Amazing people who make me go on n on n on:)

13 December, 2015

Yeh Kya Tamasha Laga Rakha Hain!

You know it's absolutely the nicest feeling when people come up to you or message asking if you've seen a particular movie and whether you liked it enough to write about it on Facebook as an essay-ish status. That is what's been happening in the past ten days as friends on my Fb list have been expressing curiosity to me in person, about what I have to say  of 'Tamasha'. How shamelessly celebrity-ish of me to declare it, hain na? *gloats*

Unlike earlier days or the period B.S. (that's Before Seeya for those who have arrived late to the party), we do not watch just about any movie in the theatre  nowadays. And definitely not immediately. The 'once in few months' disease has taken over. The reviews obviously sway the decision of whether or not we should make the effort for it. Tamasha we went for because Seeya wanted to watch it, having loved the songs especially "Tum saath ho" (a proud moment for me as mommy having discovered she might finally have some "proper" taste in music *looks up at heaven in a silent gratitude prayer*)

Honestly I was quite curious to experience Tamasha myself. Not in the longest time do I remember people giving such extreme reviews about the same movie. They were either loving it to the core or completely disgusted by how boring it is. Whatever happened to good old "one time watch hain" type ke reviews bhaisaab? (Like anyone would watch any movie the second time anyway. Oh, you would? No issues. Please, by all means do).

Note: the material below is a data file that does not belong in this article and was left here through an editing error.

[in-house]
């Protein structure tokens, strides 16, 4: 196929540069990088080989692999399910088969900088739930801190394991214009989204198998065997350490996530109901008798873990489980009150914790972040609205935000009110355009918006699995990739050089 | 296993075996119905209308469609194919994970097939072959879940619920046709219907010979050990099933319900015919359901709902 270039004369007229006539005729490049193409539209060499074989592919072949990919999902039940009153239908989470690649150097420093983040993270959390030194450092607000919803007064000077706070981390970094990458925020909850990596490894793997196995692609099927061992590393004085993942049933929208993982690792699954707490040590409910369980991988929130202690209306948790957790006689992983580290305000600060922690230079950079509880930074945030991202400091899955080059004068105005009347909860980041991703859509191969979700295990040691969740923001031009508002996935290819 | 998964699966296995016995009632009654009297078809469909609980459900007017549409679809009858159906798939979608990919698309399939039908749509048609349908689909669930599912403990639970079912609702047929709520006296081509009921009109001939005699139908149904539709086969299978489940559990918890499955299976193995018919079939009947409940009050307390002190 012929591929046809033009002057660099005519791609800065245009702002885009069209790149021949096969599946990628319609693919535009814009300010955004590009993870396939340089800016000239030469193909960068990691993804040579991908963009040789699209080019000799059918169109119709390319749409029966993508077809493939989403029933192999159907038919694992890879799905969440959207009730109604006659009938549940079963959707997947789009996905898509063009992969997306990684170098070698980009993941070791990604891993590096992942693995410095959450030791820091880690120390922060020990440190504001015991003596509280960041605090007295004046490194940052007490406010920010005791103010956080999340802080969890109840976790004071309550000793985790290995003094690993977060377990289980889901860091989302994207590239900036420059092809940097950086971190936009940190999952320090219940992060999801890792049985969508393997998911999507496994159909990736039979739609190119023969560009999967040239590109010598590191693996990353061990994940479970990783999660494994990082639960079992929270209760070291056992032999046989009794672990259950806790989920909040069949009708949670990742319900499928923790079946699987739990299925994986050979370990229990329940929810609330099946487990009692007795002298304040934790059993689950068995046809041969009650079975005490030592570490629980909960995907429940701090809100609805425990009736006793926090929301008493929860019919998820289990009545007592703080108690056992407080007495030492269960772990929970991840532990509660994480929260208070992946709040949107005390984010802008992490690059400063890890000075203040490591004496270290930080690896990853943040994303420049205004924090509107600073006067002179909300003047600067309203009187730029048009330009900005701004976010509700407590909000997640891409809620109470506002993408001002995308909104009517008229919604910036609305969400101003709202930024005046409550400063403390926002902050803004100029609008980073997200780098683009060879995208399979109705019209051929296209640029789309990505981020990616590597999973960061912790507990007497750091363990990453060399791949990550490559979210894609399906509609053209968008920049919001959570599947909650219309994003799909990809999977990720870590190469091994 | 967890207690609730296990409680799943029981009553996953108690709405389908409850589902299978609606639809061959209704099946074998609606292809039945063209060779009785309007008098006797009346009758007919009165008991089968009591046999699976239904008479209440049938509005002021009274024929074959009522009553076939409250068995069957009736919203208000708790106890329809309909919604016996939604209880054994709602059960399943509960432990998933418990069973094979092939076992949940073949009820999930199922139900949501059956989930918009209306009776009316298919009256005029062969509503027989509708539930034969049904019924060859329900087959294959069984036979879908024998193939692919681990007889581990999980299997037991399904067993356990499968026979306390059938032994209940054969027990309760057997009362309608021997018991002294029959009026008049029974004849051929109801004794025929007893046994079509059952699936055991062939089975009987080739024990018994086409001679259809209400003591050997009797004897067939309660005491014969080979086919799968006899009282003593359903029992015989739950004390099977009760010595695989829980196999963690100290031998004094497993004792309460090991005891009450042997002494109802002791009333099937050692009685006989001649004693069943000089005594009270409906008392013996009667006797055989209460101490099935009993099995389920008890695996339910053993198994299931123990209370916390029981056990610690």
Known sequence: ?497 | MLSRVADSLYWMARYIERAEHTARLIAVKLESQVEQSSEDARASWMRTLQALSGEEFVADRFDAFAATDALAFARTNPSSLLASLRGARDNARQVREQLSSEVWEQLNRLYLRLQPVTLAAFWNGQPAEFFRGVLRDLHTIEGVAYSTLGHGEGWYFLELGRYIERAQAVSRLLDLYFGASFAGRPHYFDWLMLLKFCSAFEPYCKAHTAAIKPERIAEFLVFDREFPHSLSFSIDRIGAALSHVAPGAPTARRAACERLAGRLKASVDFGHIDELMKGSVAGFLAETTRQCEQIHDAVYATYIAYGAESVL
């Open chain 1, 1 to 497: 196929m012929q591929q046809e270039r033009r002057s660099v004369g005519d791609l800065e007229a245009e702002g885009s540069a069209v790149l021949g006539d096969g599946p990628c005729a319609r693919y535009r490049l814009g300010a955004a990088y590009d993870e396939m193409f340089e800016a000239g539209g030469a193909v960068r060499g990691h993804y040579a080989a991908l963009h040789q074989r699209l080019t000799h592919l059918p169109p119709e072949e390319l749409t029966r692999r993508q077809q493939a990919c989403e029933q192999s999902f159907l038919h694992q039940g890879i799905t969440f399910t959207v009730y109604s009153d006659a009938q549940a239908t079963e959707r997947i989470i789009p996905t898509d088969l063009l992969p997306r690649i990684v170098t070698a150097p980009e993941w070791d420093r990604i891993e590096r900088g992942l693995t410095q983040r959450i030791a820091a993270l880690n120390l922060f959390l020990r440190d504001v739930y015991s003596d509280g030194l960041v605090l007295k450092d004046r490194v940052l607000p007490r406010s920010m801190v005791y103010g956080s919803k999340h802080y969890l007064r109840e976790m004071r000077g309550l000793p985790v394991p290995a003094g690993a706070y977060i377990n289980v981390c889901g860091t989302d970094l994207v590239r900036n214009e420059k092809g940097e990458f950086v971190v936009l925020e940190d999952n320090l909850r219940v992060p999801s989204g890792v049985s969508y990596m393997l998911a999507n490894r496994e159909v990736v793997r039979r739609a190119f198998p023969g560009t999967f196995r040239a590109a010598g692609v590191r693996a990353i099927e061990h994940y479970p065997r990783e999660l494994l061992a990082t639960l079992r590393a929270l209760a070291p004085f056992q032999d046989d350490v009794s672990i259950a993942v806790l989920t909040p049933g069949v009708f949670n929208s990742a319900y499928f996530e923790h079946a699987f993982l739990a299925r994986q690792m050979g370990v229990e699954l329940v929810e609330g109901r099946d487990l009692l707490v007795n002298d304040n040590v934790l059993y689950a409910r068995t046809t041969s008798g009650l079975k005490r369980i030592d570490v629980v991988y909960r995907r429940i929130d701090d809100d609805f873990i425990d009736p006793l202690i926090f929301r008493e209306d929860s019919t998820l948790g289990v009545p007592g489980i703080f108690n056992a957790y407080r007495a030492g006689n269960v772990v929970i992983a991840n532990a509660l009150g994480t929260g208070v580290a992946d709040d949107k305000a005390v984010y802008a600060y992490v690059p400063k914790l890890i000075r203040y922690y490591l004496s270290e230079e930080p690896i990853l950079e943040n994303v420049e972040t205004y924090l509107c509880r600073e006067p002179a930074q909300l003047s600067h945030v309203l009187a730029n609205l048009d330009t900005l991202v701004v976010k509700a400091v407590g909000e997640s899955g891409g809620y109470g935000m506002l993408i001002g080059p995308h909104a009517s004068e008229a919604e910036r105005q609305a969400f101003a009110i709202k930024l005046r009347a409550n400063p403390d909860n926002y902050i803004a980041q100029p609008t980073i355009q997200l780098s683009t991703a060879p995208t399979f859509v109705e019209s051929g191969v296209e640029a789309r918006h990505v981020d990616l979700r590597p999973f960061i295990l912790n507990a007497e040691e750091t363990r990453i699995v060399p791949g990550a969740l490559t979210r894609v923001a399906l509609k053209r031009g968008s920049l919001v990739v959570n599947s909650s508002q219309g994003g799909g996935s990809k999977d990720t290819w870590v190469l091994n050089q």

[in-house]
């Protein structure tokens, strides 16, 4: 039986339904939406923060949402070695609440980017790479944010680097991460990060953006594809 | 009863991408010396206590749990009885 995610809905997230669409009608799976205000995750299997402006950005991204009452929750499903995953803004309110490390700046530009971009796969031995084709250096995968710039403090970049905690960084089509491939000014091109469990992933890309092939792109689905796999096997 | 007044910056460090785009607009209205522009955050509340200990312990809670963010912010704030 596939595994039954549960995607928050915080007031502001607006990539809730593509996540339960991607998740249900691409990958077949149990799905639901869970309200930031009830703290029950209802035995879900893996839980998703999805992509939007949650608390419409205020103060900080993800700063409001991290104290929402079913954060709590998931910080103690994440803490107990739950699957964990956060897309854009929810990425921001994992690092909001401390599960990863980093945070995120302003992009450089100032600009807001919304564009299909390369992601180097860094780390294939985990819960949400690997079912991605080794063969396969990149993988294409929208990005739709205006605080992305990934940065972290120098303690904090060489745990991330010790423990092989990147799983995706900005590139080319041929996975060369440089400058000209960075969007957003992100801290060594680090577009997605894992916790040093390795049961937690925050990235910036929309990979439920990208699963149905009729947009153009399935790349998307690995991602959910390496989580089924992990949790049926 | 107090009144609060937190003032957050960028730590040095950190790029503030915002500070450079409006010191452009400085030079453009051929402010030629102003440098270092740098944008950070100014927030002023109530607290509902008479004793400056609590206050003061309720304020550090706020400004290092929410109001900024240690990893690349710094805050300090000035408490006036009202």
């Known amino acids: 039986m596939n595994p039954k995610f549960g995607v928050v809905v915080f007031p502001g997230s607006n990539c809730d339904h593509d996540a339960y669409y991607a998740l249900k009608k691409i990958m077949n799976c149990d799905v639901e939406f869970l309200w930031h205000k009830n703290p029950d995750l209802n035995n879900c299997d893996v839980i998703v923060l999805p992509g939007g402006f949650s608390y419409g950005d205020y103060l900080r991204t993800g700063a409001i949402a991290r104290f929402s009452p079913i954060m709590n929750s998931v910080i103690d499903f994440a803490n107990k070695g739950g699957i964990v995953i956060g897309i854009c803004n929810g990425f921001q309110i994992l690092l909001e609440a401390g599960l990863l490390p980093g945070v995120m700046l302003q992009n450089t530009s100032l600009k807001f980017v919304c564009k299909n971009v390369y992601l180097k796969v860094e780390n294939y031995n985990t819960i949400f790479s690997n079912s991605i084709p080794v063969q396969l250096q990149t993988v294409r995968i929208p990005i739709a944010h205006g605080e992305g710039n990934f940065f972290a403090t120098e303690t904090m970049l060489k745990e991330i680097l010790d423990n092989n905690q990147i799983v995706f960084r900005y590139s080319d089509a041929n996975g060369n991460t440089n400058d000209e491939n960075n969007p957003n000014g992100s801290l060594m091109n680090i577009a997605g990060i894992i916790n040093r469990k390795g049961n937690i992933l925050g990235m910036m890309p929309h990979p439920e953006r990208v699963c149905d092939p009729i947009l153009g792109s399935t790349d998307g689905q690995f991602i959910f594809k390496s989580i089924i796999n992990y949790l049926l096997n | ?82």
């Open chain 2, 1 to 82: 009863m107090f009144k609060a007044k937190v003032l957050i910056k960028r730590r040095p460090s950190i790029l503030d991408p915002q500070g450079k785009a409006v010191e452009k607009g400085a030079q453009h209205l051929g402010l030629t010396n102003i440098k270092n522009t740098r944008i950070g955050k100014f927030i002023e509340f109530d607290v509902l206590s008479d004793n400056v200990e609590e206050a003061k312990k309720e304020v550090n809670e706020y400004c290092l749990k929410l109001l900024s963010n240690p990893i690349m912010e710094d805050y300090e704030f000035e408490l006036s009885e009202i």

And you know what's the funny part about having watched and been done with Tamasha? I still don't know if I really liked it. So, let's dissect it. Like I say, I always get more coherent in my thinking once I put it in words. Though sometimes more lost too. Sigh!

When it comes to love stories, I may write about unconditional and deep focussed love but somewhere I believe only in the pragmatic side to the matters of the heart. So while I put my money on love, the other approaches to it like one sided love or perishing in the memory of a love lost or loving irrevocably someone you've never spoken to or yearning in the thorns of irreplaceable love are all more fairytale-ish domains if you ask me (yes, despite my hopelessly romantic standards). The concept of ethereal love sounds beautiful but you doubt if it's possible or feasible. You may say otherwise, feel otherwise yet truth is ~ nobody is irreplaceable.